Can psychology fix its reproducibility problem?
A attempt to repeat 100 experiments published in top psychology journals has exposed a big problem for the science's credibility.
A large group of researchers set out to repeat 100 experiments published by leading psychology journals to see how often they would get the same results.
The answer: Less than half the time.
That doesn't mean all those unconfirmed studies were wrong. But it's a stark reminder that a single study rarely provides definitive answers and why scientists often greet new findings by saying, "More research is needed."
"Any one study is not going to be the last word," said Brian Nosek, a psychology professor at the University of Virginia.
"Each individual study has some evidence. It contributes some information toward a conclusion. But the real conclusion, when you can say confidently that something is true or false, is based on an accumulation of evidence over many studies," said Nosek, who led the project.
And yes, he said at a press conference, "even this project itself is not ... a definitive word about reproducibility."
The work was carried out by an international team of more than 300 people and released Thursday by the journal Science. The project focused on psychology because its organizers came from that field. Researchers worked with the authors of the original studies in setting up the replication attempts.
Only about 40 percent of those attempts produced the original results.
The effort focused on 100 experiments reported during 2008 in any of three major psychology journals: Psychological Science, the Journal of Personality and SocialPsychology and the Journal of ExperimentalPsychology: Learning, Memory, and Cognition.
None of these experiments tested any treatments. They focused on basic research into how people think, remember, perceive their world, and interact with others. One explored why people are reluctant to tempt fate, for example.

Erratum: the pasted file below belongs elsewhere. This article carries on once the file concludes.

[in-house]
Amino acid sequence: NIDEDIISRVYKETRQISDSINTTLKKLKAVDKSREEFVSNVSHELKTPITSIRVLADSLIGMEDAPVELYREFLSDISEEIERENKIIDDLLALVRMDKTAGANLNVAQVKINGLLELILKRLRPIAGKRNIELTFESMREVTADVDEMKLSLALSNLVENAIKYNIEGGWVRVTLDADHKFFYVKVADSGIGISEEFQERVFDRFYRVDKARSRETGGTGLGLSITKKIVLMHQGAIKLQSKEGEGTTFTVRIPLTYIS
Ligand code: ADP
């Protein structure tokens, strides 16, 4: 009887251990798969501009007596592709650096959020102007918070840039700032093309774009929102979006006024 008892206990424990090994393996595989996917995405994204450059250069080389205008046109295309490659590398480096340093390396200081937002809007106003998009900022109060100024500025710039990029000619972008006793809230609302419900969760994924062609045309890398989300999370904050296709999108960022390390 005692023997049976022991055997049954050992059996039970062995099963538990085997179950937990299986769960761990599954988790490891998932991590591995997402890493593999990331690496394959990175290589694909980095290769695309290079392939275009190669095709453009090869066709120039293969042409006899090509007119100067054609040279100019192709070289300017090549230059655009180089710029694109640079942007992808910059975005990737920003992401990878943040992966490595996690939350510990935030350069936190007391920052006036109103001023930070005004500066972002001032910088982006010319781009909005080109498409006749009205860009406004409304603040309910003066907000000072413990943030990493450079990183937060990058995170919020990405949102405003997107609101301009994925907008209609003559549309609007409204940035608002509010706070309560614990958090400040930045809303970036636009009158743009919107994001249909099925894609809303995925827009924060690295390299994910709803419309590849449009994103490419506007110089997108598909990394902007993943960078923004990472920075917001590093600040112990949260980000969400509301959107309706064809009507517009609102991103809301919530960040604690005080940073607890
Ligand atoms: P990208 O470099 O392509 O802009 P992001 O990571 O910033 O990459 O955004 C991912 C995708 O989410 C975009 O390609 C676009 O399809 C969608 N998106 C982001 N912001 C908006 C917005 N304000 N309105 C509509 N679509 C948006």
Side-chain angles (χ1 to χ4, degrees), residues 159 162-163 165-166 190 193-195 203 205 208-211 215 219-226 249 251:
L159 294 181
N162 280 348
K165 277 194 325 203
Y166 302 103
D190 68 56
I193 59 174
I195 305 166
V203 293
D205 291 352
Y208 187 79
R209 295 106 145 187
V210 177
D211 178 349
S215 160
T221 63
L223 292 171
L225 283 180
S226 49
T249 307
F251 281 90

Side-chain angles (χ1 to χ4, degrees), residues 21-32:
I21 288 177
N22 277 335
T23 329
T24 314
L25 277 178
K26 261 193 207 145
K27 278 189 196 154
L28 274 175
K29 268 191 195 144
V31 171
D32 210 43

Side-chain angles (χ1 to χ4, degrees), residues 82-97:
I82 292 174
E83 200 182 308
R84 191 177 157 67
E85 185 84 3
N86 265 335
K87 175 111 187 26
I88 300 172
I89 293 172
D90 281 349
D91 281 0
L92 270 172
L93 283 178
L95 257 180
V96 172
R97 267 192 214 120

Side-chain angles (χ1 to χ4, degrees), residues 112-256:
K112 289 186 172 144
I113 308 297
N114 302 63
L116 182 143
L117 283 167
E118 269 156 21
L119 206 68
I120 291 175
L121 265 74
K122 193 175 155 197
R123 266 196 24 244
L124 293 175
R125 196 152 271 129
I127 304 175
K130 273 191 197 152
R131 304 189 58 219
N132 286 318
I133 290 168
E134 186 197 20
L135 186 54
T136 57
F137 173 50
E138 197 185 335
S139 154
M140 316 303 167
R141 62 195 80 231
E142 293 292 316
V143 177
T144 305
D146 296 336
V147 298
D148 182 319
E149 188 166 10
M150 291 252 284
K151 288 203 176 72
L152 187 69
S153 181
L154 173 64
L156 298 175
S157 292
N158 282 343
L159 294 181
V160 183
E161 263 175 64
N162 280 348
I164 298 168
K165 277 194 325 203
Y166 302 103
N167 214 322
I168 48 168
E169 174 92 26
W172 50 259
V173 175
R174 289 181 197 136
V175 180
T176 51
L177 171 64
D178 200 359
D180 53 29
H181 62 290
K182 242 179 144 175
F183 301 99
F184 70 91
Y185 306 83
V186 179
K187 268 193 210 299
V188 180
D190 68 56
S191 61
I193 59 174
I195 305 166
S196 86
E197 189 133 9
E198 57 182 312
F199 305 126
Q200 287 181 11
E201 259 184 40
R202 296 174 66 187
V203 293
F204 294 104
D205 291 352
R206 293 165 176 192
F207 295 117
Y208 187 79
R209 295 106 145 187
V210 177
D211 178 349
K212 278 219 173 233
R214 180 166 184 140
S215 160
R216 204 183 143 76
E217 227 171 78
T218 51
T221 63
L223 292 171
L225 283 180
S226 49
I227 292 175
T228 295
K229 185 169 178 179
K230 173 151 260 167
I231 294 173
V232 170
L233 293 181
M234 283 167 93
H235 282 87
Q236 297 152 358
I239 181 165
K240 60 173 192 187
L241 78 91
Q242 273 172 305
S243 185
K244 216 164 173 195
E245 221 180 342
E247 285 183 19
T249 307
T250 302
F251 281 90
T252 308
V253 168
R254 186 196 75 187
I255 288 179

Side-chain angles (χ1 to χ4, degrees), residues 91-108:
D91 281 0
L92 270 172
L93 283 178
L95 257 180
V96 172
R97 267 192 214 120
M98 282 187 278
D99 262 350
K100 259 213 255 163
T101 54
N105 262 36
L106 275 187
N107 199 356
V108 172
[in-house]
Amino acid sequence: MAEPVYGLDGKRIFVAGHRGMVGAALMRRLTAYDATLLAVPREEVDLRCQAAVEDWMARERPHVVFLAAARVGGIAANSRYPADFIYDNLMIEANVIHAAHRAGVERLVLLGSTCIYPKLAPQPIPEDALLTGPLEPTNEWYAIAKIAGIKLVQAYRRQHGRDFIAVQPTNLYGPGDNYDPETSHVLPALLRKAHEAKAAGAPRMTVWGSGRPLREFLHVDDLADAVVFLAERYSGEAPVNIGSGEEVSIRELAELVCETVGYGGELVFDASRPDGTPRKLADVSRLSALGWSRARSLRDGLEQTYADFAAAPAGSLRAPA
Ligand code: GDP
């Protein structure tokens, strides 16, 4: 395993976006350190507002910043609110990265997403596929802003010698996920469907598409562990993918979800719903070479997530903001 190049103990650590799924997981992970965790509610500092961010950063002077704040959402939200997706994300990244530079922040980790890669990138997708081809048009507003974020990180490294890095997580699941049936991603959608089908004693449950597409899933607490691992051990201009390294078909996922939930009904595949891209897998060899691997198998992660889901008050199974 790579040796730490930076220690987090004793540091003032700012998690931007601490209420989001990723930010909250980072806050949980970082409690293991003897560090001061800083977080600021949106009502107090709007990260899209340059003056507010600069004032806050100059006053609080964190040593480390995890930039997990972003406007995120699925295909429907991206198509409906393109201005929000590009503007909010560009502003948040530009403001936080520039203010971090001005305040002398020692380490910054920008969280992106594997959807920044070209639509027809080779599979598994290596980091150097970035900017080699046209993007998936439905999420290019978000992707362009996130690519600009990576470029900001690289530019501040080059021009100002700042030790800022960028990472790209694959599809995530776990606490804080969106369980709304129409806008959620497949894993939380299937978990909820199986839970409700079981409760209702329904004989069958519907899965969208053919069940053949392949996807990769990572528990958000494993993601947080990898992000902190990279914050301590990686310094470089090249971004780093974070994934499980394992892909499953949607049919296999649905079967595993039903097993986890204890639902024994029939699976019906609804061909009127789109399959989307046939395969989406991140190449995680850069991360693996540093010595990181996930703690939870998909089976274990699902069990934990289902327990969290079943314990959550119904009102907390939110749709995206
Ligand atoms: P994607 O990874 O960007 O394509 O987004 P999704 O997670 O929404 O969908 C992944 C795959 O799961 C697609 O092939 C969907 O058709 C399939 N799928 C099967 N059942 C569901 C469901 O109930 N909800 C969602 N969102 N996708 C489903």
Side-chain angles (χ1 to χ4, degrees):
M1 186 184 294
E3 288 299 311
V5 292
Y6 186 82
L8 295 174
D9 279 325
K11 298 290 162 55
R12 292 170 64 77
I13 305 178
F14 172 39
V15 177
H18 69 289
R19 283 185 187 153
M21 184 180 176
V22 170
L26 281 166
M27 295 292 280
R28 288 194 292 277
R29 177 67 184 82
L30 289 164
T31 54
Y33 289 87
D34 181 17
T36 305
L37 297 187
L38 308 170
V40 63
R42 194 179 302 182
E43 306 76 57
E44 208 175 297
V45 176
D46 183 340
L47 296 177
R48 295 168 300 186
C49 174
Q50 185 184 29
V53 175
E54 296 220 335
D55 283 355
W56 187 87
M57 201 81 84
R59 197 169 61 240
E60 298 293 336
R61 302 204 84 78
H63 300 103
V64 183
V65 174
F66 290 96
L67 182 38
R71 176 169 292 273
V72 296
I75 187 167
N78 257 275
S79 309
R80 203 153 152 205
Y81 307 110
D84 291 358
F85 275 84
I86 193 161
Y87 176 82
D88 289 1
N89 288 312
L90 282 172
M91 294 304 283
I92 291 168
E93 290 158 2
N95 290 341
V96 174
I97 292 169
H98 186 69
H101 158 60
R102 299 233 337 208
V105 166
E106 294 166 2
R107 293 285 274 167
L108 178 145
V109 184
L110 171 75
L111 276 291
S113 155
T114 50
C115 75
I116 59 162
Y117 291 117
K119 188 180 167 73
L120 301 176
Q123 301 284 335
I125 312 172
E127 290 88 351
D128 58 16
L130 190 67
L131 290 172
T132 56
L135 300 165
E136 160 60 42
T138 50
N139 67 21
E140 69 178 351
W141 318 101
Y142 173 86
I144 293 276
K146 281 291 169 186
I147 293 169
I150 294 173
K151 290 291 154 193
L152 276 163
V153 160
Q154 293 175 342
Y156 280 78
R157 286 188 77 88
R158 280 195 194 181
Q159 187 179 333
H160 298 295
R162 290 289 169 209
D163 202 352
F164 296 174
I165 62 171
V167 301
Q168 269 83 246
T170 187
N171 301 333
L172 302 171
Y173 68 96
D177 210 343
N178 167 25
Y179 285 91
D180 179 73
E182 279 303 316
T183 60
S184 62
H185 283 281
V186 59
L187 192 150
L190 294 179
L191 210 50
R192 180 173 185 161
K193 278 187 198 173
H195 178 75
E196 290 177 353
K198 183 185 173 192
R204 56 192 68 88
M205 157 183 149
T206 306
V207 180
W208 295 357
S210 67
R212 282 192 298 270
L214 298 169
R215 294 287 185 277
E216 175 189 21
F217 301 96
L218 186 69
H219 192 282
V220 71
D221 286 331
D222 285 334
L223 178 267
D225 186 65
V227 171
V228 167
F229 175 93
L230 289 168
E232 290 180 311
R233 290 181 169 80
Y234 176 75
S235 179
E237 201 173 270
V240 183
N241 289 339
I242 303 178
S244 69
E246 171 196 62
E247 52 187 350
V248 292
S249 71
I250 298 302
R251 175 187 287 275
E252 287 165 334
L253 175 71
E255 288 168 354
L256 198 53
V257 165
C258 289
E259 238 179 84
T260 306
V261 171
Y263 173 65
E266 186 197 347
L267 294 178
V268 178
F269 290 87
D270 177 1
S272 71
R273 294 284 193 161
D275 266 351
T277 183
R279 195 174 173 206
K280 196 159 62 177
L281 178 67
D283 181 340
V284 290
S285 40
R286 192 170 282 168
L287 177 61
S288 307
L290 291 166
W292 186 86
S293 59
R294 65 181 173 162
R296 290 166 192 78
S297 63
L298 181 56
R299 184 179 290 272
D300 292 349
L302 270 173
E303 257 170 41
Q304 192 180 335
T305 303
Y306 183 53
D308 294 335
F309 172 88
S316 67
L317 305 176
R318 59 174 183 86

Studies with stronger statistical evidence for their conclusions were more likely to be replicated than others, as were those with findings that were judged to be less surprising.
When a study's results were not replicated, there could be several explanations, Nosek said. The original study could be wrong. Or it could be right, and the repeat study overlooked a real effect just by chance. Or both studies could be correct, with conflicting conclusions because of differences in how they were carried out.
Project workers tried to minimize such differences, but matching an original study could be tricky. E.J. Masicampo of Wake Forest University in Winston-Salem, North Carolina, a co-author of the new study, said one of his own experiments was not confirmed by the project.
The study required participants to make decisions that required significant mental effort. To create that situation, researchers asked undergrads to choose between off-campus apartments. That task wasn't as mentally challenging when it was tried again at a different campus, which evidently threw off the results of the experiment, he said.
Duane Wegener, a psychologist at Ohio State University who was not among the new study's authors, said a similar problem in reproducing the psychological setting for an experiment apparently explains why the project could not confirm one of his results.
Wegener said that the message of the new project's results for psychological researchers is unclear because the reasons for the various failures to confirm are not known.
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